Sunday, September 8, 2013

Resources for the Instructional Designer

I am back on my quest to obtain credentials certifying my skills as an instructional designer. I started this blog about two years ago as part of an assignment and now I will be ‘resurrecting’ my blog, for awhile, to continue my quest. The assignment for week one - identify blogs that will serve as a resource in the instructional design field.

IconLogic’s Blog, ‘I Came, I Saw, I Learned’ ( ) is a blog I receive weekly email updates offering tips regarding various Adobe applications. I recently attended an online training session for Adobe Captivate to refresh my skills on the application. I find that the weekly updates from the author of this blog offers information and tips to help reinforce what I learned about the improvements and upgrades in Captivate 6. The author also provides a wealth about other Adobe applications as well.

The Rapid E-Learning Blog is part of the Articulate Network. This blog offers a variety of resources, tips and tools for Articulate applications. As I began my work as a consultant on various assignments I found that Articulate is an authoring tool that some learning organizations are beginning to use more than Adobe Captivate. This blog provides users with quick access to application resources.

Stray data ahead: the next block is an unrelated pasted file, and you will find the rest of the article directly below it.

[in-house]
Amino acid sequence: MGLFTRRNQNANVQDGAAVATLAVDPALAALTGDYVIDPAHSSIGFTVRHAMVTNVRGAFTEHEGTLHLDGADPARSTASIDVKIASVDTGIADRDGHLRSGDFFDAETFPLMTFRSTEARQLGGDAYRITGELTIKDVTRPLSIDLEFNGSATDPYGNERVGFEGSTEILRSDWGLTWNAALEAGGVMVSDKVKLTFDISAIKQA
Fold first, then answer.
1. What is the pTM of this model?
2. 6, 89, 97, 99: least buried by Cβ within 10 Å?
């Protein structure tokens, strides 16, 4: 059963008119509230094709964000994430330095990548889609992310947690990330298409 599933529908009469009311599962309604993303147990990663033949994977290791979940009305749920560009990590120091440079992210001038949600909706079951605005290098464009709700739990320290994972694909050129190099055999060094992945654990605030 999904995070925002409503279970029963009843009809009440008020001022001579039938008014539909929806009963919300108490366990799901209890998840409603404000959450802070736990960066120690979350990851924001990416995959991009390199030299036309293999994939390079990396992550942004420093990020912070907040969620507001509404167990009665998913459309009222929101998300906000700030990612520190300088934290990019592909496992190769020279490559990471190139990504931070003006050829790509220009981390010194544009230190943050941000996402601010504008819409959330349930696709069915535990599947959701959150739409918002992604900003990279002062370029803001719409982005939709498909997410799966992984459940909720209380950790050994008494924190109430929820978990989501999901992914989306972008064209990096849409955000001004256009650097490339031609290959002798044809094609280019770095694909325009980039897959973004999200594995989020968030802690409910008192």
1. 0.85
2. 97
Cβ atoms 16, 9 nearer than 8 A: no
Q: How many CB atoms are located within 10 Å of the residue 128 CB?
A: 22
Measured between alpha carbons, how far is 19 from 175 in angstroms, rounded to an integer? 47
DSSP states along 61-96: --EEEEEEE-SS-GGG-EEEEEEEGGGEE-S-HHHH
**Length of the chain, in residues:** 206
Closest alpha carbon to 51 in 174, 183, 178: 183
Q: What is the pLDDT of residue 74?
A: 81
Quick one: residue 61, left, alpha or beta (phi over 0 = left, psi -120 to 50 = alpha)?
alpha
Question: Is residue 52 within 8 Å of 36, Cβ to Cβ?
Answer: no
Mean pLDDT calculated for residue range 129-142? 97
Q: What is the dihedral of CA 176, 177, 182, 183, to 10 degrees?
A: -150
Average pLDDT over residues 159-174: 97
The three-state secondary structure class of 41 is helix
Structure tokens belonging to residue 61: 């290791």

The Training Magazine blog is a collection of articles related to the various aspects in the training arena. The collection of articles offers insight into a variety of areas that can aid instructional designers in staying informed with how other learning organizations are approaching the design and delivery of training to their employees.

Sunday, March 6, 2011

Distant Learning

My definition of distance learning is based on what I observed during my first year of college.  When I think back to my first experience with distance learning, I remember sitting in summer school taking an art course.  I remember seeing students in another city on a television screen in the classroom as they listened to the instructor's lecture.  At the time, distant learning was foreign to me; all I knew was in-person classroom style learning.